The Unique theater on Main Street was one of Akron’s famous vaudeville theaters. Around 1905, The Unique would be converted into Akron’s first motion picture theater.
A view of a busy Main Street looking North with Mill Street as the first intersection. Akron was central to the street car and interurban rail traffic of the day.
An early view of Akron’s Main Street complete with streetcar, horse cart and vintage automobiles.
In 1904, the Akron-based Central Savings Bank merged with the Akron Trust Company to form Central Savings & Trust Company. In 1947, the First National Bank of Akron took control of the Central Savings and converted to a commercial bank. At that time the tower took on the name “First National Tower”.
Another busy day on Akron’s Main Street. The abundance of entertainment, shopping, and dining establishments served as a draw to Akron’s downtown.
Before the rubber giants moved away, Akron’s Main Street was one of the busiest in America. With an abundance of entertainment, shopping, and dining opportunities along with convenient mass transit, it was a natural meeting place.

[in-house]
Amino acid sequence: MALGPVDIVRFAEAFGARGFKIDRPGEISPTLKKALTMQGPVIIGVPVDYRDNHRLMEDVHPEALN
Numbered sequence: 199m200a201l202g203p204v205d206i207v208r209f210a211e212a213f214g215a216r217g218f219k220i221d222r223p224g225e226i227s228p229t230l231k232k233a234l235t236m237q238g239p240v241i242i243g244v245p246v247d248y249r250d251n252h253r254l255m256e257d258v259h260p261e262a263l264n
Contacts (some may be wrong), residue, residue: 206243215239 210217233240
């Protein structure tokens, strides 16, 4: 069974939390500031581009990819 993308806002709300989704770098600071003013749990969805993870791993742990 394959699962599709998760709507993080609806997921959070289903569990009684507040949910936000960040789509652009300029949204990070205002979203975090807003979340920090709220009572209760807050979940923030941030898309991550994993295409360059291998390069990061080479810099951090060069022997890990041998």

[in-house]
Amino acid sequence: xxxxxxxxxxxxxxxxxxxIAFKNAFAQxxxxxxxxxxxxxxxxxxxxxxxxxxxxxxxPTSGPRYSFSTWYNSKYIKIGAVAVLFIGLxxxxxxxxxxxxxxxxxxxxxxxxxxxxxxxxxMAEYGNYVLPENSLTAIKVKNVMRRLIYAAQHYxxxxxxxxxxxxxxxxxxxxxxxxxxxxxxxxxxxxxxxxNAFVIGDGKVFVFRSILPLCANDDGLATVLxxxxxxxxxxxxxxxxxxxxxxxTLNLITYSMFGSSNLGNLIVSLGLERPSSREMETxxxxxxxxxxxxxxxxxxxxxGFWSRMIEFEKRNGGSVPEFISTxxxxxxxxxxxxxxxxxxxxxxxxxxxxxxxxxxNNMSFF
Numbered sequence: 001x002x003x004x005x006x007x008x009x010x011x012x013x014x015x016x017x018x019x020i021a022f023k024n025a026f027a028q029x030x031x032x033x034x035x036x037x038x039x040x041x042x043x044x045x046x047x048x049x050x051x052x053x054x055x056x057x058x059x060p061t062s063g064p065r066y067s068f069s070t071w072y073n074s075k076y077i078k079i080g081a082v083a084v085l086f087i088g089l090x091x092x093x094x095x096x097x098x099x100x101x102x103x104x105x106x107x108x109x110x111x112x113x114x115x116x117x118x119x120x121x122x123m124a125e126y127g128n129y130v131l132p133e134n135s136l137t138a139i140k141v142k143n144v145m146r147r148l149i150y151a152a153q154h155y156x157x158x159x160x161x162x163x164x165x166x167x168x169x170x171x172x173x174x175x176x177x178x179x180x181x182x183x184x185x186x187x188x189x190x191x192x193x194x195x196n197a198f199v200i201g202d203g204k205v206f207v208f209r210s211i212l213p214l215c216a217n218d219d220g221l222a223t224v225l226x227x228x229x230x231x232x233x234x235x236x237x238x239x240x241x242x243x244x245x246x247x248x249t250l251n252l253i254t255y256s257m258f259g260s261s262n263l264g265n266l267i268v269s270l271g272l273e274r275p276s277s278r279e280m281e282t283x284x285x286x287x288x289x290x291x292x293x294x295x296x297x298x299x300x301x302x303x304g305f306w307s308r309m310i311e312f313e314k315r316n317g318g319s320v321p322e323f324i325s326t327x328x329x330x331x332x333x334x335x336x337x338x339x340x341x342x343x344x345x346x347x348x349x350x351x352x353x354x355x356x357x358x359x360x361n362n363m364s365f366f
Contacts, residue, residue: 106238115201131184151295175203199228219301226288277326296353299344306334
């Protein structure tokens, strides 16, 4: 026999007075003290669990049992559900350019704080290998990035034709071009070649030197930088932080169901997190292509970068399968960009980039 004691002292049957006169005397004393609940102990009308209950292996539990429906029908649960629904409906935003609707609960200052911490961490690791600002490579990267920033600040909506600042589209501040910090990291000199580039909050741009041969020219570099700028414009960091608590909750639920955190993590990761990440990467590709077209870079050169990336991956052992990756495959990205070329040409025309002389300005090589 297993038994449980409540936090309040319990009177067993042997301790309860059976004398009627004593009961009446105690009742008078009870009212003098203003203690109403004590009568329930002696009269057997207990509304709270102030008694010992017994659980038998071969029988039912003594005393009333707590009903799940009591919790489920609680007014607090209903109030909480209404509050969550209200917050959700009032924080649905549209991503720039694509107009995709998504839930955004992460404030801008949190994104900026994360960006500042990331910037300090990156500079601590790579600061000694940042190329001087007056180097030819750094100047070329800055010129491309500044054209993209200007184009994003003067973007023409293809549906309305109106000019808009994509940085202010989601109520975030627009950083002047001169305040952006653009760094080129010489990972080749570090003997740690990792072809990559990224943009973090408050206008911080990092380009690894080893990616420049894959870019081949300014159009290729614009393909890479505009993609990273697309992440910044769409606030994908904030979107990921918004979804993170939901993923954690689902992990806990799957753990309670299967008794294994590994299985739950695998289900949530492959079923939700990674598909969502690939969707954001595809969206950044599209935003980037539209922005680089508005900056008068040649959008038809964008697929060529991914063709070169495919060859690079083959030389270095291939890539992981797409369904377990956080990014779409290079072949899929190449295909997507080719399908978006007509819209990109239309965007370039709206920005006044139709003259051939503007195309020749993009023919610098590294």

Michael O’Neil and his partner Isaac Dyas began serving Akron shoppers in 1877. Their first store was a dry goods store located at 114 East Market Street. Before being sold in 1912, O’neils had several locations in the Akron Canton Area.
The North Hill Viaduct was an impressive structure. At 2810 feet long, 72 feet wide and 135 feet high at the river, it made a lasting impression on anyone viewing it. This longtime iconic symbol of Akron was destroyed and replaced by the All American Y Bridge.
This corner of Main Street and Exchange Street is filed with Akron history. Before the Peoples Savings Bank was constructed here, this was the home of Henry Clark’s Tavern, the first hotel in Akron built in 1836. The Evans Building and Loan Association took control of the property in 1915 and constructed what is now know as the…
View of Main Street and Mill Street – Akron, Ohio.